Fact Sheet: Furniture Flammability Standards in Boston and Massachusetts

Furniture Flammability Standards in Boston and Massachusetts

What’s the problem with flame retardants?

Flame retardant chemicals are added to furniture to meet outdated flammability standards, but are not necessary for fire safety. This is a problem because these chemicals can be toxic to human health. Scientists have shown that they migrate out of products and enter our homes and bodies at levels that raise health concerns. There is evidence that these chemicals can cause cancer, disrupt normal hormone functioning related to reproduction and development, and affect brain development, including lowered IQ and problems with motor skills and attention.[i],[ii],[iii],[iv],[v],[vi] Compared to adults, risks are higher for babies and toddlers who spend more time on the floor and ingest contaminants in dust. Flame retardant levels in children are up to 5 times higher than their mothers.[vii] Researchers are also studying risk among firefighters, who are exposed to higher levels of flame retardants and other harmful chemicals when they burn during fires, and experience higher cancer rates than the rest of the population.[viii]

Why are flame retardants in products if they are harmful to health?

A California flammability standard called TB 117 has driven the use of flame retardants in furniture. And, unfortunately, our nation’s chemical safety laws do not require adequate chemical testing for health before they are put on the market. Following a public health outcry on the toxicity of these chemicals and their lack of fire safety benefits, California recently updated one of its furniture flammability standards —TB 117— to a smolder standard called TB 117-2013. This new standard provides fire safety while eliminating the need to use flame retardant chemicals. However, there is a California furniture flammability standard, called TB 133, which is met with even higher levels of toxic flame retardant chemicals.

How does this apply to Massachusetts?

As of January 1, 2015, the Massachusetts Fire Code allows most public spaces to have furniture that meets the new California standard, TB 117-2013. This allows public spaces with sprinklers to have seating without added flame retardants.

How does this apply to Boston?

Boston is regulated separately from the rest of the state. Boston enforces TB 133 in public spaces (Assembly, Educational, Institutional, and some Residential) spaces with no exceptions for automatic sprinklers in buildings. Last year, the Boston Fire Prevention Code stopped requiring furniture in Business spaces to meet TB 133. Boston has an opportunity to harmonize with the Commonwealth and the rest of the nation by allowing furniture in public spaces to be free of harmful flame retardant chemicals.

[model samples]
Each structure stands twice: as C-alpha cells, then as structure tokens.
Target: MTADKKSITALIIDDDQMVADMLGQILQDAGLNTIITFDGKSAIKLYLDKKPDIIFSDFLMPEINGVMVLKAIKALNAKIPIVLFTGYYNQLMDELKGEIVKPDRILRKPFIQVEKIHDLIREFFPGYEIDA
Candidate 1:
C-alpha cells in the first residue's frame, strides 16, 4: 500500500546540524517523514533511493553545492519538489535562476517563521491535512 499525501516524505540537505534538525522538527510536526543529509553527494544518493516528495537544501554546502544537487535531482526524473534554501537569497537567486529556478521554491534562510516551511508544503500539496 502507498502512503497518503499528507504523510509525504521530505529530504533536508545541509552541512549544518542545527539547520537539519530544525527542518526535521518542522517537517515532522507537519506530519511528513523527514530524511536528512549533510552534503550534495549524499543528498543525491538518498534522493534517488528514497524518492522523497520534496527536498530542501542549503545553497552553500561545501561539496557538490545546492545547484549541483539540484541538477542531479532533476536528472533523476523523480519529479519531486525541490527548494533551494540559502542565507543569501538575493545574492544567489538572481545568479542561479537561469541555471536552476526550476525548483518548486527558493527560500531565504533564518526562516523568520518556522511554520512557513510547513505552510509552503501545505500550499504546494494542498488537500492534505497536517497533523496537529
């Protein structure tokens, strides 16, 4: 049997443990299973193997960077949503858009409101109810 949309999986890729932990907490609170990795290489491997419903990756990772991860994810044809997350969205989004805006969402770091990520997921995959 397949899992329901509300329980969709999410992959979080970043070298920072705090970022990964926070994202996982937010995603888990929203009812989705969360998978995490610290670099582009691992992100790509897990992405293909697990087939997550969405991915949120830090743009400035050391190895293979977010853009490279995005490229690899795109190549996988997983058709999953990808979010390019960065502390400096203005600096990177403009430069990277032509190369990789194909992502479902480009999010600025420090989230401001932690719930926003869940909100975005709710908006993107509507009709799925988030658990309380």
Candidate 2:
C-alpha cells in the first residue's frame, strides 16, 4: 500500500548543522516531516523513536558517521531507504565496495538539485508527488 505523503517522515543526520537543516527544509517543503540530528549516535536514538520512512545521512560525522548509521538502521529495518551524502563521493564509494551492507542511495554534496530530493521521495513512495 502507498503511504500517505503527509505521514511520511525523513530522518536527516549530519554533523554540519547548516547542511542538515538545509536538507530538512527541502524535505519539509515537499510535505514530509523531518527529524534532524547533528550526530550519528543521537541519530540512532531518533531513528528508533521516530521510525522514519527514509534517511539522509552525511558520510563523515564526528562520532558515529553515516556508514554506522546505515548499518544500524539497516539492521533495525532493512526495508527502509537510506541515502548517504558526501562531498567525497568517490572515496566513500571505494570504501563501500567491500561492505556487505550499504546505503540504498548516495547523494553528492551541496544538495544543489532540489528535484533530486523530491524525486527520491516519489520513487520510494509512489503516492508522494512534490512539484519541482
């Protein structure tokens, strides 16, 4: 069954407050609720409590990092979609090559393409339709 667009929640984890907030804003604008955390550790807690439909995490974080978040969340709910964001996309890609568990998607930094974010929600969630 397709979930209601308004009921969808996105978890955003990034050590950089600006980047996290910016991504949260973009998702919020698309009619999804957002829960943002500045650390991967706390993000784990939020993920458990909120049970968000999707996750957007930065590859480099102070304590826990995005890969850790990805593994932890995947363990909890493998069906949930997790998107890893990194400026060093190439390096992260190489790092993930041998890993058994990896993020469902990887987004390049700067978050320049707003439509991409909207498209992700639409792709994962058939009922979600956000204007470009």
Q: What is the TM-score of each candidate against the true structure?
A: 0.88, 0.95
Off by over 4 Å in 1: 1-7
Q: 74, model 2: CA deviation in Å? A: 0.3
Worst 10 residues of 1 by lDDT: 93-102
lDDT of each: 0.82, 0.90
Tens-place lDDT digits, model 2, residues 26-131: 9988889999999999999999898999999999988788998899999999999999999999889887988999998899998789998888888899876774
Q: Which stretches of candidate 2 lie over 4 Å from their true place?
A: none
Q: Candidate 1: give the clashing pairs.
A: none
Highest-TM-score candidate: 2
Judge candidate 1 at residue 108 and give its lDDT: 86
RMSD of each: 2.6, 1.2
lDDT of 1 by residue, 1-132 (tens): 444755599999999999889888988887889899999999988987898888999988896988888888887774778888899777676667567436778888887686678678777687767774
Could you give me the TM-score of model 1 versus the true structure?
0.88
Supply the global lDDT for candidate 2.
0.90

What can I do?

  • Share this information with colleagues in other businesses or organizations
  • Convert/build public spaces that I work in or with to flame retardant free furniture
  • Support Boston Fire Department to update its Fire Prevention Code to allow TB 117-2013 in public spaces

References:

 

[i] Eskenazi, B.; Chevrier, J.; Rauch, S. A.; Kogut, K.; Harley, K. G.; Johnson, C.; Trujillo,

C.; Sjodin, A.; Bradman, A., In Utero and Childhood Polybrominated Diphenyl Ether (PBDE)

Exposures and Neurodevelopment in the CHAMACOS Study. Environmental Health Perspectives. 2012, 121(2):257-62.

 

[ii] Turyk, M. E.; Persky, V. W.; Imm, P.; Knobeloch, L.; Chatterton, R.; Anderson, H. A.,

Hormone Disruption by PBDEs in Adult Male Sport Fish Consumers. Environmental Health Perspectives. 2008, 116, (12), 1635-1641

 

[iii] Herbstman, J. B.; Sjödin, A.; Kurzon, M.; Lederman, S. A.; Jones, R. S.; Rauh, V.;

Needham, L. L.; Tang, D.; Niedzwiecki, M.; Wang, R. Y.; Perera, F., Prenatal Exposure to

PBDEs and Neurodevelopment. Environmental Health Perspectives. 2010, 118, (5), 712-719

 

[iv] Chao, H.-R.; Wang, S.-L.; Lee, W.-J.; Wang, Y.-F.; Päpke, O., Levels of polybrominated

diphenyl ethers (PBDEs) in breast milk from central Taiwan and their relation to infant birth

outcome and maternal menstruation effects. Environment International. 2007, 33, (2), 239-245.

 

[v] ECHA Support Document for Identification of tris(2-chloroethyl)phosphate as a

Substance of Very High Concern Beacuse of its CMR Properties; European Chemicals Agency:

2009.

 

[vi] California Environmental Protection Agency Evidence on the Carcinogenicity of tris(1,3-

dichloro-2-propyl)phosphate; Reproductive and Cancer Hazard Assessment Branch, Office of

Environmental Health Hazard Assessment, California Environmental Protection Agency: 2011.

 

[vii] Butt CM, Congleton J, Hoffman K, Fang M, Stapleton HM. Metabolites of organophosphate flame retardants and 2-ethylhexyl tetrabromobenzoate in urine from paired mothers and toddlers. Environmental Science & Technology. 2014, 2;48(17)

 

[viii] Shaw SD, Berger ML, Harris JH, Yun SH, Wu Q, Liao C, Blum A, Stefani A, Kannan K. Persistent organic pollutants including polychlorinated and polybrominated dibenzo-p-dioxins and dibenzofurans in firefighters from Northern California. Chemosphere. 2013. 91(10):1386-94.

 

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